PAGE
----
June 8, 2015 by Johanna Burani
on little cat feet.
It sits looking
over harbor and city
on silent haunches
and then moves on.
Carl Sandburg (1878 – 1967)
The fog of San Francisco is a distinctive characteristic of that beautiful city. It can make the sun, the Golden Gate Bridge and tall buildings and trees disappear before your eyes! This famous fog also carries colonies of a local bacterium called Lactobacillus San Francisco. It is the secret ingredient of another well-known feature of San Francisco: its sourdough bread.
The basic ingredients of any bread are flour, water and yeast. The yeast, when hydrated, feed on the starch in the flour, increasing them in size and number (budding). As this process continues, the flour mixture ferments, producing what we call a “dough.” We shape it, bake it and then eat it. Most of us love the taste of this final product, bread.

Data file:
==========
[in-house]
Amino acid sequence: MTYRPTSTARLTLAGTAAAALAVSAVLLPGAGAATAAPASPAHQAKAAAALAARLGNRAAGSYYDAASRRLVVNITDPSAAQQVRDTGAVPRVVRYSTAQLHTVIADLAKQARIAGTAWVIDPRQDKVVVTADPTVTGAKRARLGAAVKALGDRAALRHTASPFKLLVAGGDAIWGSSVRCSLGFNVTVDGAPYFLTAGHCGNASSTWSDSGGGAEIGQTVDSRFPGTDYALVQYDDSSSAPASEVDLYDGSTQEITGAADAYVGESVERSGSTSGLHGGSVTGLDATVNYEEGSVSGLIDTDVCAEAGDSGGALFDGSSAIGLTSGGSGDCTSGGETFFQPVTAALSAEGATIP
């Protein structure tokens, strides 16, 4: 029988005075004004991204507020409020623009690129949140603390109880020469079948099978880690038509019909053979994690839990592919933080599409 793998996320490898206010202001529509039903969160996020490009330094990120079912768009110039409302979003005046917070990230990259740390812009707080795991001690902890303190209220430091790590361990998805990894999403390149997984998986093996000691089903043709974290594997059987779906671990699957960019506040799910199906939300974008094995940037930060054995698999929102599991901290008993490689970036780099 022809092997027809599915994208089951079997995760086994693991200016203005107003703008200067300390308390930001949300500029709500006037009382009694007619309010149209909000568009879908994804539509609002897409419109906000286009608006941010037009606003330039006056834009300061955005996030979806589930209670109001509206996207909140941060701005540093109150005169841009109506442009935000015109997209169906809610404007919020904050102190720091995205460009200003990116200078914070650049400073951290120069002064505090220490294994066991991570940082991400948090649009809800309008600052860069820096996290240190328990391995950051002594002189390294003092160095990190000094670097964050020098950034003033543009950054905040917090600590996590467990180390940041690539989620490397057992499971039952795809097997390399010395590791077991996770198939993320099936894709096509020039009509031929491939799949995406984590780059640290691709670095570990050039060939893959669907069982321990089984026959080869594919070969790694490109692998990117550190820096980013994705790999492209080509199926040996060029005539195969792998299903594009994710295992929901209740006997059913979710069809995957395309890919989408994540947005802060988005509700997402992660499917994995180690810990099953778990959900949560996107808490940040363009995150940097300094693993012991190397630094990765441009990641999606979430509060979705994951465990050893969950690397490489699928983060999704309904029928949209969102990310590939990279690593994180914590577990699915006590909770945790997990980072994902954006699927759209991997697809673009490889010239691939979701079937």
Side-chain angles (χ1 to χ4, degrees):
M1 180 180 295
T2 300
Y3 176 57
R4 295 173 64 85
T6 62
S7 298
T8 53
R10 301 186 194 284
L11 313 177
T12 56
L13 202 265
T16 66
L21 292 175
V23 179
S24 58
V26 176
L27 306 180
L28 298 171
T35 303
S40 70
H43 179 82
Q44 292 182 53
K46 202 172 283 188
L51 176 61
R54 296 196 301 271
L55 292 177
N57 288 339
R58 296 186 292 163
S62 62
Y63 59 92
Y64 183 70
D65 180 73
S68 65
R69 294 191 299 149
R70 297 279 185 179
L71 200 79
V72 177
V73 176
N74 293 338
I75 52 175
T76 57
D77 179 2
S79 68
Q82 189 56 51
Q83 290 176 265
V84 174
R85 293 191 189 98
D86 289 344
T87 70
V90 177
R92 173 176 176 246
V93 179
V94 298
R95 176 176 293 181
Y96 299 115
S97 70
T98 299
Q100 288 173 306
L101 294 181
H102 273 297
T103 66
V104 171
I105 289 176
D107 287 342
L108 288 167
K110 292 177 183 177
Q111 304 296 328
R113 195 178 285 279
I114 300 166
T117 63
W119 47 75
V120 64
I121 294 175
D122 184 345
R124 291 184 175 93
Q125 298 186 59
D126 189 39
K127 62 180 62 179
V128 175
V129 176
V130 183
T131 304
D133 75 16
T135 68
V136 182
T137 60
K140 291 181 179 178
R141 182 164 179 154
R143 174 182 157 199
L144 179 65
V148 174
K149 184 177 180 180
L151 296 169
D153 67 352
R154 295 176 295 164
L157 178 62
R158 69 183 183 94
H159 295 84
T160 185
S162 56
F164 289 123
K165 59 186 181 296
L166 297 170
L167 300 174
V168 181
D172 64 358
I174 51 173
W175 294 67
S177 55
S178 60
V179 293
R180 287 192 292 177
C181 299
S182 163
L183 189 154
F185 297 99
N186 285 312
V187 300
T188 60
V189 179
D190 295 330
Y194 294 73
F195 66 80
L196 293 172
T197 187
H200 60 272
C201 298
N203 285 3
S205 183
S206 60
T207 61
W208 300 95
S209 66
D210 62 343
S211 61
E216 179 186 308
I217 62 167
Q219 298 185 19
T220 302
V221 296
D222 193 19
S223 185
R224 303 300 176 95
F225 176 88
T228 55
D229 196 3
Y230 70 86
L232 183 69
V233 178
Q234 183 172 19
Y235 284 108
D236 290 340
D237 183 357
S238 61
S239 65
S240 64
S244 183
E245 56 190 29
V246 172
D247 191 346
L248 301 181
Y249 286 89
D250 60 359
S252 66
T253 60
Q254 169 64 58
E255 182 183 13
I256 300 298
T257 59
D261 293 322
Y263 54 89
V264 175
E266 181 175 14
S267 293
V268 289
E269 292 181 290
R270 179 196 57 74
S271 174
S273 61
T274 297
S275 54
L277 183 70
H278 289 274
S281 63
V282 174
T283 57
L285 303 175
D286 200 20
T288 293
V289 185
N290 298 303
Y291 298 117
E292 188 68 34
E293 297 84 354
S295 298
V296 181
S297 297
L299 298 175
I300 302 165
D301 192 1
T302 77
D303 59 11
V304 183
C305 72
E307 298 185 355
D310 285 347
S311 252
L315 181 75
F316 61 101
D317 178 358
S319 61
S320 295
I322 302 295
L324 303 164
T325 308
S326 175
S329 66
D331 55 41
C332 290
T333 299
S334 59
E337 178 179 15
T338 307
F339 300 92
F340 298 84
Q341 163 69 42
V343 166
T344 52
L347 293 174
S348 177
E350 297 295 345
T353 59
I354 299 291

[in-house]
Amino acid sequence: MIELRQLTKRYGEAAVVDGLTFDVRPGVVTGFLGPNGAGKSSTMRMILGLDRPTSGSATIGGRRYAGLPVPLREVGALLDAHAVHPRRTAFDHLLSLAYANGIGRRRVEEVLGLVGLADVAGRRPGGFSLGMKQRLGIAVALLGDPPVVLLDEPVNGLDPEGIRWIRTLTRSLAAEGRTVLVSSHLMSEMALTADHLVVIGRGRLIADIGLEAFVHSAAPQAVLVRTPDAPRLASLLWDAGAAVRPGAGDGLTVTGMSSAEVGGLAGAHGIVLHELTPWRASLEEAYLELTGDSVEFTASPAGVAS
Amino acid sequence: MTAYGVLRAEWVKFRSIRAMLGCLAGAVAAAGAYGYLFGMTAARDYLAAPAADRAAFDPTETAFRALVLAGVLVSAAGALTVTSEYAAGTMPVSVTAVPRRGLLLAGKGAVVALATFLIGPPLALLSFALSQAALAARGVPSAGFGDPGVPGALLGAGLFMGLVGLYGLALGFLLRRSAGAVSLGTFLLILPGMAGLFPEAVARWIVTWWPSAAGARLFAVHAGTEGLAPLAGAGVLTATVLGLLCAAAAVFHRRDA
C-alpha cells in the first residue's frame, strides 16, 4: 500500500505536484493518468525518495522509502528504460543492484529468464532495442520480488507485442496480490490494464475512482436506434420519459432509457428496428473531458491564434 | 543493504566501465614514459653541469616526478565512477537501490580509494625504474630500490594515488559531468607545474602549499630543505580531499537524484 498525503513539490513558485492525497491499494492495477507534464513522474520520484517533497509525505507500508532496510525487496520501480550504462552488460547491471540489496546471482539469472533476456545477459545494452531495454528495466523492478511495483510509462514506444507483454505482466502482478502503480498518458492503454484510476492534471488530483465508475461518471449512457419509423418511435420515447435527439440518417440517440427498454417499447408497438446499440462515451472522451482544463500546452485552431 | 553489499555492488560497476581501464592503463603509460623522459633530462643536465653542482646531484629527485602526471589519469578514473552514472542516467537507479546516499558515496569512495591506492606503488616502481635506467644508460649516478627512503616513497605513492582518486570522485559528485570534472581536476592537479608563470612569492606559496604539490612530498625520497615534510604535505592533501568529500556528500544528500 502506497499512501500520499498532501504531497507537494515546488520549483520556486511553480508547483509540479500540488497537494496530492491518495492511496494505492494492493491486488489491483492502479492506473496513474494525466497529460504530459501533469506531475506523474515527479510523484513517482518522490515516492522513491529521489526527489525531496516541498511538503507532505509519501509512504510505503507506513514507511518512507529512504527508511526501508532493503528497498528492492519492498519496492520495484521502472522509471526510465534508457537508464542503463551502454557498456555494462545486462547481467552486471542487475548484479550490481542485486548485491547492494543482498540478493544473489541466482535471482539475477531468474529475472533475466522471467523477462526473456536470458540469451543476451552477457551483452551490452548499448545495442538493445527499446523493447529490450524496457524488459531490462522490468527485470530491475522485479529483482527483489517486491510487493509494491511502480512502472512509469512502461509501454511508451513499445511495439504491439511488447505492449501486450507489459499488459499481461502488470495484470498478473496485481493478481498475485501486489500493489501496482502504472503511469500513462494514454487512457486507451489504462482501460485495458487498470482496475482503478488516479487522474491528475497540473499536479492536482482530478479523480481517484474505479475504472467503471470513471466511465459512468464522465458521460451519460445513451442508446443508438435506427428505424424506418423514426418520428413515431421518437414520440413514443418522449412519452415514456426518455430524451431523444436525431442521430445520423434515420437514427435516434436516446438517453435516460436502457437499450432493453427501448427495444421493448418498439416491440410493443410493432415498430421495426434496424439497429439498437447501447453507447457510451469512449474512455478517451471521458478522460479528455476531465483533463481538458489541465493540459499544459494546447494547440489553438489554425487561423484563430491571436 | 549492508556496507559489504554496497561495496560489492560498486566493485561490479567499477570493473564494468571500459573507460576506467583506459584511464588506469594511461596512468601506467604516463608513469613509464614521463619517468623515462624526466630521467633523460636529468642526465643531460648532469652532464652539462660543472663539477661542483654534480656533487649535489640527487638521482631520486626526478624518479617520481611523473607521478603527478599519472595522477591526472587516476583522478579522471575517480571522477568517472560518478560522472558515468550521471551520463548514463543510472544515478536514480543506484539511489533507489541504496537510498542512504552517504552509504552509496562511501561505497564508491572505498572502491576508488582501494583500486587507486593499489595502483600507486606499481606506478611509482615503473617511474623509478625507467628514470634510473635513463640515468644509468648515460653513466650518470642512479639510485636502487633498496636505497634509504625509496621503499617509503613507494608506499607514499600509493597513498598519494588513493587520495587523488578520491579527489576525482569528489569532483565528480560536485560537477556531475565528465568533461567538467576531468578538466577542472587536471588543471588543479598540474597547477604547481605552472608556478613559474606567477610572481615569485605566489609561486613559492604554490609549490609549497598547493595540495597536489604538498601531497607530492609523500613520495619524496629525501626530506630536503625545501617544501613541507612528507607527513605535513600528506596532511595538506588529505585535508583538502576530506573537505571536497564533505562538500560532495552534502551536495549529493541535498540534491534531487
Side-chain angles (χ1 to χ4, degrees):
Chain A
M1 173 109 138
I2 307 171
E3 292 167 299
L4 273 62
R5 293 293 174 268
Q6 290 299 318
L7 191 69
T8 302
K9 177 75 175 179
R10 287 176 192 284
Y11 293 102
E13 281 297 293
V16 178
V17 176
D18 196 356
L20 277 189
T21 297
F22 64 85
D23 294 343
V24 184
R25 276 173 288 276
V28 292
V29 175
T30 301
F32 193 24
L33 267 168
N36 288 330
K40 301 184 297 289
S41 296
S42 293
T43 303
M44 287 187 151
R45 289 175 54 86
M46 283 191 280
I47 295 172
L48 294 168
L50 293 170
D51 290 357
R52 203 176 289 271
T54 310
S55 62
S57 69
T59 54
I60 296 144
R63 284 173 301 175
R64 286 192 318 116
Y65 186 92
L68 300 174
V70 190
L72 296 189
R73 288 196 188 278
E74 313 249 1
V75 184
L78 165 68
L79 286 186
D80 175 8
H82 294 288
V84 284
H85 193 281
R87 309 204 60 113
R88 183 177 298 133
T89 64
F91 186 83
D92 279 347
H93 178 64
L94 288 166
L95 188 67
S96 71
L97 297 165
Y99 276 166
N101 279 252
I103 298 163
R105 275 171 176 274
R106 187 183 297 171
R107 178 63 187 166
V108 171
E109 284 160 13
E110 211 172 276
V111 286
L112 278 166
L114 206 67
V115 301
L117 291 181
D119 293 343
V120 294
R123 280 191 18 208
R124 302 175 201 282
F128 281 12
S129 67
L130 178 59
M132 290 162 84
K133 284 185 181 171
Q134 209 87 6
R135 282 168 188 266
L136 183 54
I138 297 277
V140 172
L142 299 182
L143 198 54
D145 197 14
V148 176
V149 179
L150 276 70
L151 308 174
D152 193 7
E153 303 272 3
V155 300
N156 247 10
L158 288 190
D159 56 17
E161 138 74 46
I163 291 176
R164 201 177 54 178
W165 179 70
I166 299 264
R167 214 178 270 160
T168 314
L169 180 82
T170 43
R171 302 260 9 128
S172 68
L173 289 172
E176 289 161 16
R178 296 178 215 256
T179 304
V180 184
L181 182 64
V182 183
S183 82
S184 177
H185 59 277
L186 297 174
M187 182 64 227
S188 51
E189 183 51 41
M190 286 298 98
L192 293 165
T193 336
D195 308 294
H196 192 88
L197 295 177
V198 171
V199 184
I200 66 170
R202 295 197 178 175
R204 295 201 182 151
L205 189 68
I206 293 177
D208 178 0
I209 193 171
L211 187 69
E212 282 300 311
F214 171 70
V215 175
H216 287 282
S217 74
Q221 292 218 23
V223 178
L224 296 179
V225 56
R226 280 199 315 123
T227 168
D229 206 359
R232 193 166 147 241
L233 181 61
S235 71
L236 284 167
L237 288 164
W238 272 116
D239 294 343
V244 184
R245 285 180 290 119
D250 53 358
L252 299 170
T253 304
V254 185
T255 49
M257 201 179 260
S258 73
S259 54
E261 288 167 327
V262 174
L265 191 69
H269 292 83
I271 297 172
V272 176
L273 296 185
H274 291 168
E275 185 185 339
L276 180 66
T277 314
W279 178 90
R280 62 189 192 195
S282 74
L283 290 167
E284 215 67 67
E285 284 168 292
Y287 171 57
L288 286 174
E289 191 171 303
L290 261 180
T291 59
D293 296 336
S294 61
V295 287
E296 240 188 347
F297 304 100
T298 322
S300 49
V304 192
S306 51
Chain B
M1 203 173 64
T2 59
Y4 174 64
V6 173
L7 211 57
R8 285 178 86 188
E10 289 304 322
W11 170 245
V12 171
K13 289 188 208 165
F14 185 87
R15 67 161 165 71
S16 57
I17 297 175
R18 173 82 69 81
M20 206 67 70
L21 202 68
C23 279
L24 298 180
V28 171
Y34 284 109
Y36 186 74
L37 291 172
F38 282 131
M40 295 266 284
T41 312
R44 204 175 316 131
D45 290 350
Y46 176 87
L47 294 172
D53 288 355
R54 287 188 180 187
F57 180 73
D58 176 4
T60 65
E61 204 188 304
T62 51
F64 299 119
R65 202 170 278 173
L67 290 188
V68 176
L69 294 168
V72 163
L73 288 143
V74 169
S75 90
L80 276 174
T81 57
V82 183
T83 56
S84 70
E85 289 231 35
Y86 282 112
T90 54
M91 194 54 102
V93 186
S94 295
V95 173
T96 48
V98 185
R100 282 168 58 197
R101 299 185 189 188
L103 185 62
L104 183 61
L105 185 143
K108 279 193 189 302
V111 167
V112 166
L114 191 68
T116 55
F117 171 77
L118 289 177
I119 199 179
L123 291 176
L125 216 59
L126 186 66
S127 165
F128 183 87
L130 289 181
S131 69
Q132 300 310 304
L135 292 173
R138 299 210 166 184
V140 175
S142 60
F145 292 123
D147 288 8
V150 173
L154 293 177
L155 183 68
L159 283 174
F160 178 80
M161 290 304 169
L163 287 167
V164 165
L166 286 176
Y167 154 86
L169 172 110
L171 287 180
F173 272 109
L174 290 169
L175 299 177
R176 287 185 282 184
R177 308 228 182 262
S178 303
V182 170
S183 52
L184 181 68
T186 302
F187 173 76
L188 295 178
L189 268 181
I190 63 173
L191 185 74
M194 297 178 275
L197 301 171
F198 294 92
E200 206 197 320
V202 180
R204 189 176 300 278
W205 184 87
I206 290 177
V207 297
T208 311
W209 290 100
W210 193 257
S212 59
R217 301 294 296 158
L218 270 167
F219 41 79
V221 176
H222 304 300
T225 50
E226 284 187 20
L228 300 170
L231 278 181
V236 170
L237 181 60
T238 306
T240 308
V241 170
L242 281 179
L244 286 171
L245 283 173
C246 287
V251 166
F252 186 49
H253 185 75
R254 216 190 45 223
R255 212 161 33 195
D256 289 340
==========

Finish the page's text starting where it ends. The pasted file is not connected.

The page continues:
But when bacteria enter the usual mix, magic happens. They produce lactic acid during fermentation and give the resulting dough a tangy or “sour” taste when baked. This is what the Boudin family discovered quite by accident when they left Paris and set up a bakery to serve both locals and gold-rush prospectors in San Francisco in 1849. They thought they were preparing their Parisian recipe for baguettes. The San Francisco fog, however, heavy with wild Lactobacilli San Francisco, unwittingly changed their recipe forever. Their new and unique sourdough bread became an instant hit.
Today sourdough bread is enjoyed throughout America and beyond. Its high acidity (pH 4.0 – 4.5) makes it a good low glycemic carbohydrate choice (GI 48 – 57). It moves slowly out of the stomach and into the small intestine gradually releasing glucose into the bloodstream. This is good news for blood glucose control, satiety, weight management and energy endurance.
You can use sourdough bread as you would any other type of bread. I like grilling thin slices of it rubbed with raw garlic and then drizzled with extra virgin olive oil